02 Mar 2001 Pre-2014 Releases

The BHB and the Jockey Club today (2nd March 2001) issued Instructions and Guidelines to racecourses, trainers, owners, jockeys and the racegoing public, for use when racing resumes on Wednesday 7th March. The purpose of the Instructions and Guidelines is to prevent any possible spread of Foot and Mouth Disease by any person, horse or vehicle entering or leaving a racecourse at a race meeting or in the days leading up to racing.

The document has been compiled in conjunction with, and supported by, MAFF officials, and after consultation with other horseracing and veterinary organisations. The Instructions and Guidelines themselves have been authorised and published by the Jockey Club as an Instruction, and any non-compliance with the Instruction may constitute a breach of the Rules, and consequently result in disciplinary action.

Baroness Hayman, Minister of State (Lords) at the Ministry of Agriculture, Fisheries and Food, has already applauded the responsible attitude being taken by the racing authorities.

Paul Greeves, Racing Director of the BHB said today ¡§The BHB and Jockey Club are very keen to ensure that everyone involved in racing can be confident that their actions will not spread this terrible disease. These Instructions and Guidelines have been drawn up in close consultation with MAFF officials, and will be strictly enforced.

¡§As was the case prior to the temporary suspension of racing, fixtures due to take place at racecourses which find themselves within an Infected Area will be cancelled. However other than this, it is possible to stage race meetings which present a negligible risk of spreading the disease. Government officials are comfortable that we should continue racing, particularly with these additional Instructions and Guidelines in place.

¡§However, we do recognise the emotional and physical links those within the sport have with the farming industry and will understand if trainers and / or owners are unwilling, despite the thorough precautions that will be in force at all racecourses, to send their horses racing¡¨.

The racing industry is fully supported by all other recognised equine governing bodies and veterinary organisations, who themselves today issued a detailed protocol for the equestrian community.

James Wood, Head of Epidemiology at the Animal Health Trust, said ¡§We fully endorse the guidelines issued by racing today, which will enable those both within and outside the industry to have confidence that a resumption of racing will present a negligible risk of spreading infection.¡¨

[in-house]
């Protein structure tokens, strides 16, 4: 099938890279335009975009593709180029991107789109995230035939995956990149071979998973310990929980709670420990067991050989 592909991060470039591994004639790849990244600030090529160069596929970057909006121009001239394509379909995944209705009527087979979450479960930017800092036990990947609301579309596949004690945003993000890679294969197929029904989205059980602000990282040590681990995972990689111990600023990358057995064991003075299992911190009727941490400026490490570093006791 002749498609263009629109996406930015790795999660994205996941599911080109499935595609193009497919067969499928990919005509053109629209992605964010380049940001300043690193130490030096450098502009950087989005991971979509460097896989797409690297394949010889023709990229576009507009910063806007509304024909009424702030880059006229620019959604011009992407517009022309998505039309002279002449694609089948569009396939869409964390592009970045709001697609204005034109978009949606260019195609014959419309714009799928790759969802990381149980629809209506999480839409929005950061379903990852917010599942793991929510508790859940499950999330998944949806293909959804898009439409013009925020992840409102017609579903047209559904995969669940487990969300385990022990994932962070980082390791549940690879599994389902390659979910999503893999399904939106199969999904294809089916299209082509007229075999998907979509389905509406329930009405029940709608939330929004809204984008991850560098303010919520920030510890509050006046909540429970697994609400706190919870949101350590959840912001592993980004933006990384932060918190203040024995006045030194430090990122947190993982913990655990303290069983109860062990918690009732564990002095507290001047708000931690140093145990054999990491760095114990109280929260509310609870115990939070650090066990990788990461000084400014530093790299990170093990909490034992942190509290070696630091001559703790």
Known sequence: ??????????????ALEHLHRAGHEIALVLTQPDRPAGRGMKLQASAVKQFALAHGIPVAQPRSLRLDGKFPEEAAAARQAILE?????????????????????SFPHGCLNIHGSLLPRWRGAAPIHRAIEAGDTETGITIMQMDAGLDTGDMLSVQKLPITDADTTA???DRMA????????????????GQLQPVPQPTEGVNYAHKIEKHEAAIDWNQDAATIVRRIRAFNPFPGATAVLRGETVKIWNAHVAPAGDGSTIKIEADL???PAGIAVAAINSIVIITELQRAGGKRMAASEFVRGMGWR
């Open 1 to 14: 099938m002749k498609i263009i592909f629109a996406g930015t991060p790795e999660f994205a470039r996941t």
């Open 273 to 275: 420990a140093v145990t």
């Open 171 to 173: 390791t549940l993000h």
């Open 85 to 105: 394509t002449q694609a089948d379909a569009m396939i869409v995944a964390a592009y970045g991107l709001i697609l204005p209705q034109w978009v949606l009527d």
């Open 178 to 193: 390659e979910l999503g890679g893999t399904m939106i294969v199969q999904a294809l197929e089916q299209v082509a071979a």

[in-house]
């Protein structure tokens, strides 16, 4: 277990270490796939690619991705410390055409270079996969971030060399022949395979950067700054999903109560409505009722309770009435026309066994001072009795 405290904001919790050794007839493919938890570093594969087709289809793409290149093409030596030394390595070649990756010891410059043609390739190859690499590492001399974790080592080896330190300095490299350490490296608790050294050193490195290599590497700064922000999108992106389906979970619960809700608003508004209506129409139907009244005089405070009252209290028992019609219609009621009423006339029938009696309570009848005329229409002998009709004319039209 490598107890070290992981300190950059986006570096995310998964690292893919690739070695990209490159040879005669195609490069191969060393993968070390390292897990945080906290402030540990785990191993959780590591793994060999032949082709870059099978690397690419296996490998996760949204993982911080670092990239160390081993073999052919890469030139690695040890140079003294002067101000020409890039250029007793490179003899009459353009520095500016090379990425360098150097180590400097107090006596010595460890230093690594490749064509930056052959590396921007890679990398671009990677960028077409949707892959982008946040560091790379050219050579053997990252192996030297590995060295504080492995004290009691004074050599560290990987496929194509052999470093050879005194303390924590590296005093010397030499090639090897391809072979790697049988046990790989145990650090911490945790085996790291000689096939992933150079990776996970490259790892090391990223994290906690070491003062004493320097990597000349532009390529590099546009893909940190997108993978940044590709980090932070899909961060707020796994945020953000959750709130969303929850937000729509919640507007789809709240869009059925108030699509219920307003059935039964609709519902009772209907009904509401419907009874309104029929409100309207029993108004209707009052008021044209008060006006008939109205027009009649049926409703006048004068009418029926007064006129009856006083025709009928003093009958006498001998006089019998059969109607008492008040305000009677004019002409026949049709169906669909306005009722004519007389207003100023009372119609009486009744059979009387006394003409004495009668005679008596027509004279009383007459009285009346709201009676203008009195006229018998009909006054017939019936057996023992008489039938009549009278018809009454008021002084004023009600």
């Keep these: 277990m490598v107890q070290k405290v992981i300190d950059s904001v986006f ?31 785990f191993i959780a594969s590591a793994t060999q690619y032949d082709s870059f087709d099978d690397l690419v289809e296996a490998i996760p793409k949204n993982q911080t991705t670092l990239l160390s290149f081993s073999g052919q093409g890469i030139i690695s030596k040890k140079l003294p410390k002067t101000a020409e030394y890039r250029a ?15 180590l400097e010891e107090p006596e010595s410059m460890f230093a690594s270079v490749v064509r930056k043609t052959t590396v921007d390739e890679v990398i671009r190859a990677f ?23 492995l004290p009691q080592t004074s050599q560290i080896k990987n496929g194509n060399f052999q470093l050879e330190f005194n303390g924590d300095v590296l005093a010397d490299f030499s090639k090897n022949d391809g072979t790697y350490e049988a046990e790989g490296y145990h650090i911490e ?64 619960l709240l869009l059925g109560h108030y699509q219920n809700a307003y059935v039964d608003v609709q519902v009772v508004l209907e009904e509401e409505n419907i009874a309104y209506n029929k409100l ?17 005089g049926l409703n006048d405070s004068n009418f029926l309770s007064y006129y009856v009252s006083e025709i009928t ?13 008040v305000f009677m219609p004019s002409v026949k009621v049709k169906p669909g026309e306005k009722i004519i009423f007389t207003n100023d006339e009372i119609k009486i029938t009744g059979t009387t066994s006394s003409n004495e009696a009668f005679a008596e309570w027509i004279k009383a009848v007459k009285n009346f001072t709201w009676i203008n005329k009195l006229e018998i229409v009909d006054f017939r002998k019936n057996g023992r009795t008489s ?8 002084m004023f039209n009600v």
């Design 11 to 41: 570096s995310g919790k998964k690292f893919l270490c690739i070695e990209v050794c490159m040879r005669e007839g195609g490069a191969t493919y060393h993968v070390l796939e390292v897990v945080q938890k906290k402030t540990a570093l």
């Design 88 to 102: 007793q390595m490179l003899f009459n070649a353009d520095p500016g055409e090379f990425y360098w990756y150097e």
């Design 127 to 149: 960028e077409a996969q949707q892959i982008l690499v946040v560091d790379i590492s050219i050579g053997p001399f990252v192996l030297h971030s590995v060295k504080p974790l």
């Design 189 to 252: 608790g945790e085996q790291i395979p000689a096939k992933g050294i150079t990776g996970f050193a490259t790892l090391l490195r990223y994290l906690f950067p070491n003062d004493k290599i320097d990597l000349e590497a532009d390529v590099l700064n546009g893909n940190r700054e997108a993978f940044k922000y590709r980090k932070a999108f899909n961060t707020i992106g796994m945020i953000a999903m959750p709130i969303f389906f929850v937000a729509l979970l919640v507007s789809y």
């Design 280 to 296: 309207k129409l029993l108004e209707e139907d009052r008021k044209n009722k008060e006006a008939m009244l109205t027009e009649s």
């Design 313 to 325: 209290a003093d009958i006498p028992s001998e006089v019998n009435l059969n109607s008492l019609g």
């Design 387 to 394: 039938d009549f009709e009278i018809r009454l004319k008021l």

For further information please contact:

Paul Greeves, BHB, 020 7343 3306 or 07901 510079
Alan Delmonte, BHB, 020 7343 3318 or 07931 701536
Peter Webbon, Chief Veterinary Adviser, 01600 891183 or 07785 228872
John Maxse, Jockey Club, 020 7343 3219 or 07785 243232

Fact sheet attached

For a full copy of the Instructions and Guidelines see or

Appendix A
Joint BHB / Jockey Club Statement

Copy of the Fact Sheet on Foot and Mouth Disease issued to all trainers

Foot and Mouth Disease affects ruminants (cattle, sheep, goats, deer etc.) and pigs, but not people, horses, chickens, dogs and cats.

How is it transmitted?

Infection can be direct or indirect.

DIRECT spread is commonly implicated in all outbreaks. It occurs when susceptible animals are mixed with infectious animals (that may be outwardly healthy but incubating the disease) in markets or on dealer¡¦s farms. Unlike many diseases, the virus can also be blown by wind from infected to susceptible animals.

INDIRECT spread occurs when the virus is shed by an infected animal, the infection remains on, for example, pasture, or on the surface of clothing, footwear or non-susceptible animals such as foxes, dogs or horses, until it is picked up by a susceptible animal. Indirect spread commonly occurs when susceptible animals are carried in a lorry, or housed in a shed, that has recently been vacated by infected animals. Similarly, the disease could be spread by a farm worker who feeds a group of infected animals then, carrying the virus on his clothes or his boots, goes into a shed housing susceptible animals.

Whilst the direct spread of Foot and Mouth Disease cannot be controlled once the animals are mixed, indirect spread can be controlled by hygiene and disinfection.

For example:

Page 2 ¡V Appendix A

It is possible to imagine any number of ways in which the disease could be spread indirectly. However, the chain of events that would have to occur to transmit infection via vehicles, people or horses at a race meeting is very complex. The more links that there are in a chain of indirect infection, the less likely it is to happen, and the easier it is to break the chain (by good hygiene and disinfection) at several points along its length.

It is for this reason that the Jockey Club is advised that the risk posed by racing to the farming community is small and manageable, and has proposed the following means to control the spread of the disease when racing resumes:

„h All cars entering and exiting racecourse property will pass through a disinfected wheel wash.

„h All pedestrians entering racecourse property will have to walk through a disinfectant pool/tray.

„h All lorries will pass through a wheel wash and spray on arrival, then will be thoroughly power washed and disinfected before leaving. This will ensure that there is no chance that the virus could be carried by the lorry from the racecourse in the unlikely event that it has picked up the virus in the lorry park.

„h Trainers will be required to clean and disinfect horses feet before leaving their yards.

„h Vehicles transporting racehorses will not be used for transporting any other species of animal.